Customize your default branch name

In this sprint, we have introduced a new option that allows customers to set a custom default branch name for all new repositories.

Check out the Features list below for more information.


Azure Boards

Azure Repos

Azure Pipelines

Azure Boards

Stakeholders can move work items across board columns (private preview)

Stakeholders have always been able to change the state of work items. But when they go to the Kanban board, they're unable to move the work items from one column to another. Instead, Stakeholders would have to open each work item, one at a time, and update the state value. This has long been a pain point for customers, and we're happy to announce a private preview this sprint that will enable Stakeholders to move work items across board columns. If you're interested in participating in the private preview, please email us directly with your organization name (example:{organization name}).

Azure Repos

Default branch name preference

Azure Repos now offers a customizable default branch name for Git. In repository settings, you may choose any legal branch name to use when a repository is initialized. Azure Repos has always supported changing the default branch name for an existing repository. Visit Manage branches for more details.


Note: if you don't enable this feature, your repositories will be initialized with Azure Repos's default name. Right now, that default is master. To honor Microsoft's commitment to, and customer requests for, inclusive language, we'll be joining industry peers in changing this default to main. That change will occur later this summer. If you want to keep using master, you should turn on this feature now and set it to master.

Azure Pipelines

Pipelines images announcements


We’re constantly working to improve your experience using Azure Pipelines. To learn more about upcoming updates on our Windows/Linux/macOS images updates please check here:

Azure Pipelines images are continuously updated in an effort to provide users with the best experience possible. These routine updates are predominantly aimed at addressing bugs or out of date software. They will often have no impact on your pipelines, however this is not always the case. Your pipeline may be impacted if it takes a dependency on a piece of software that has either been removed or updated on the image.

To learn more about upcoming updates on our Windows and Linux images, please read the following announcements:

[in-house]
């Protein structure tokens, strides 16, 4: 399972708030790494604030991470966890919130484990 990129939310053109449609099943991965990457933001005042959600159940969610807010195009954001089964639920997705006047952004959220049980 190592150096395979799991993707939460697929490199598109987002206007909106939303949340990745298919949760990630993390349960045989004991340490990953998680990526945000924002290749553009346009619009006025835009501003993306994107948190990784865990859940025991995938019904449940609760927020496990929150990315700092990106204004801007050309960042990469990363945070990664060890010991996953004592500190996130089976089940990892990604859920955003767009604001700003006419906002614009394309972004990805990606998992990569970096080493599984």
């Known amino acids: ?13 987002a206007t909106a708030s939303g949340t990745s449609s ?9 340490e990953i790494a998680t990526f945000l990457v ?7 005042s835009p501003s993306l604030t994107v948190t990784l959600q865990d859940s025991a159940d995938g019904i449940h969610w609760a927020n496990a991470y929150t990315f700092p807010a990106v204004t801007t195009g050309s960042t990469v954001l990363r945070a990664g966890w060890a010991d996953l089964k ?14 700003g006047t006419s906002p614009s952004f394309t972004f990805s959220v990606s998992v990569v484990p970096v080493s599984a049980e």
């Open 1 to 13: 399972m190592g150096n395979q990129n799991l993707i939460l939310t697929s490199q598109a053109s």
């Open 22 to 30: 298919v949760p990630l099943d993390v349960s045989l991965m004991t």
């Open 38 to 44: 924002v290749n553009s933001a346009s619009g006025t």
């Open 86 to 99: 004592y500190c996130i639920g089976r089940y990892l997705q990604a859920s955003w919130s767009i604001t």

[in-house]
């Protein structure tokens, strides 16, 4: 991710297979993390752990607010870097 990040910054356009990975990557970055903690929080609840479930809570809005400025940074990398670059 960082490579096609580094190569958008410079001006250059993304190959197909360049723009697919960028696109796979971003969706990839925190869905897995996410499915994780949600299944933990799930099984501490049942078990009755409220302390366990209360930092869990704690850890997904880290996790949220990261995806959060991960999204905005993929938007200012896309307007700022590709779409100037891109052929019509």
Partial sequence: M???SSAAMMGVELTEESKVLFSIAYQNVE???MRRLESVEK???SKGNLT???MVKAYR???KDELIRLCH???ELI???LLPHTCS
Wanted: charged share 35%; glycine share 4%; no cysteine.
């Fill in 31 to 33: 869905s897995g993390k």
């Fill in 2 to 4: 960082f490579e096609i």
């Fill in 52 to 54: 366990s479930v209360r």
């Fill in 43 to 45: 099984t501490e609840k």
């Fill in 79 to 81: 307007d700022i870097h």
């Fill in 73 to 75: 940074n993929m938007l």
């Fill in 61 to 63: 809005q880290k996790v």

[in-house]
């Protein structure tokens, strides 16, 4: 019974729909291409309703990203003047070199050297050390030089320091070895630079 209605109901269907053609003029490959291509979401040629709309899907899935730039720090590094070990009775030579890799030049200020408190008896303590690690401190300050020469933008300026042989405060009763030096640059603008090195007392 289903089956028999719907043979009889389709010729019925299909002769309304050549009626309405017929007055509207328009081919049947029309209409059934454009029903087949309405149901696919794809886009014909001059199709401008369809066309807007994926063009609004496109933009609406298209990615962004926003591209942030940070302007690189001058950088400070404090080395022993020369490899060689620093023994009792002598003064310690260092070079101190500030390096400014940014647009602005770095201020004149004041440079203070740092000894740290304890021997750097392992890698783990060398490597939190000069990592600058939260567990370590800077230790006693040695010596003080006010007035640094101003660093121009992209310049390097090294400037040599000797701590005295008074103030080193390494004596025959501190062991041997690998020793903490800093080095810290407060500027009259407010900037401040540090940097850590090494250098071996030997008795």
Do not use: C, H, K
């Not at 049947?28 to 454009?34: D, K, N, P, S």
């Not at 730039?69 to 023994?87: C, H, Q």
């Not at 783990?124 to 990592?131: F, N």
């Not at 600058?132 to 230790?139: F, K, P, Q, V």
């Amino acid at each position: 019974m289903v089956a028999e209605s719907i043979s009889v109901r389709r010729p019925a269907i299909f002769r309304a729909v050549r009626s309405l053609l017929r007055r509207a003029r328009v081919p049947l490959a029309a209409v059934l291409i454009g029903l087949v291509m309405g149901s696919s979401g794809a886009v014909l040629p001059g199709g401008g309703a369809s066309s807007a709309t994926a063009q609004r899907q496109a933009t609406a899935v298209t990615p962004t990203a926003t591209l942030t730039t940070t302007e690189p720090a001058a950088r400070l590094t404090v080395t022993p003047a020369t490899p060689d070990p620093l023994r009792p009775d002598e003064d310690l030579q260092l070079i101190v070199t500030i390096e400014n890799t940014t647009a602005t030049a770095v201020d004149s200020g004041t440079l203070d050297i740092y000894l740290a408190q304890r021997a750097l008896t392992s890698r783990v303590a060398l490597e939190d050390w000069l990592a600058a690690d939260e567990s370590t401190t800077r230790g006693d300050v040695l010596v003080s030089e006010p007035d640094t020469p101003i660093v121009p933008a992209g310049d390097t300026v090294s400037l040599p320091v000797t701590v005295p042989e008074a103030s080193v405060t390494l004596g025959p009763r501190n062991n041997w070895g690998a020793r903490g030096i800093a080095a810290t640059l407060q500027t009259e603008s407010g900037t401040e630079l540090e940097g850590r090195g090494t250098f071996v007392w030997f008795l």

To view release notes for upcoming (pre-release) and deployed changes, please subscribe to the following release notes:

Multi-repo triggers

You can specify multiple repositories in one YAML file and cause a pipeline to trigger by updates to any of the repositories. This feature is useful, for instance, in the following scenarios:

  • You consume a tool or a library from a different repository. You want to run tests for your application whenever the tool or library is updated.
  • You keep your YAML file in a separate repository from the application code. You want to trigger the pipeline every time an update is pushed to the application repository.

With this update, multi-repo triggers will only work for Git repositories in Azure Repos. They don't work for GitHub or Bitbucket repository resources.

Here is an example that shows how to define multiple repository resources in a pipeline and how to configure triggers on all of them.

  - main

    - repository: tools
      type: git
      name: MyProject/tools
      ref: main
            - main
            - release

The pipeline in this example will be triggered if there are any updates to:

  • main branch in the self repo containing the YAML file
  • main or release branches in tools repo

For more information, see Multiple repositories in your pipeline.

Updates to macOS 10.14 (Mojave) image

In the next few weeks, we'll update the Node.js version on the macOS 10.14 (Mojave) image from 6 to 8. If you still need to use node.js version 6, consider using the node.js tool installer task - here.

In addition to these changes, the macOS 10.14 image will be added to the virtual environment repo and begin receiving tooling updates monthly instead of weekly.

GitHub draft pull requests do not trigger pipelines

When you create a draft pull request in Azure Repos, we wouldn't trigger a PR validation pipeline configured in your branch policy. We consider a draft pull request to be just that - a draft for which we shouldn't automatically run validations. While this use case worked for Azure Repos, the same behavior didn't hold for GitHub repos.

With this change, we're making the experience consistent for GitHub repos as well. When you create a draft pull request in GitHub, we won't start a pipeline automatically even if you configure a pull request trigger for the target branch. In order to validate your changes in a draft pull request, you can manually start a pipeline pointing to the ref of the pull request.

Next steps


These features will roll out over the next two to three weeks.

Head over to Azure DevOps and take a look.

How to provide feedback

We would love to hear what you think about these features. Use the help menu to report a problem or provide a suggestion.

Make a suggestion

You can also get advice and your questions answered by the community on Stack Overflow.


Aaron Hallberg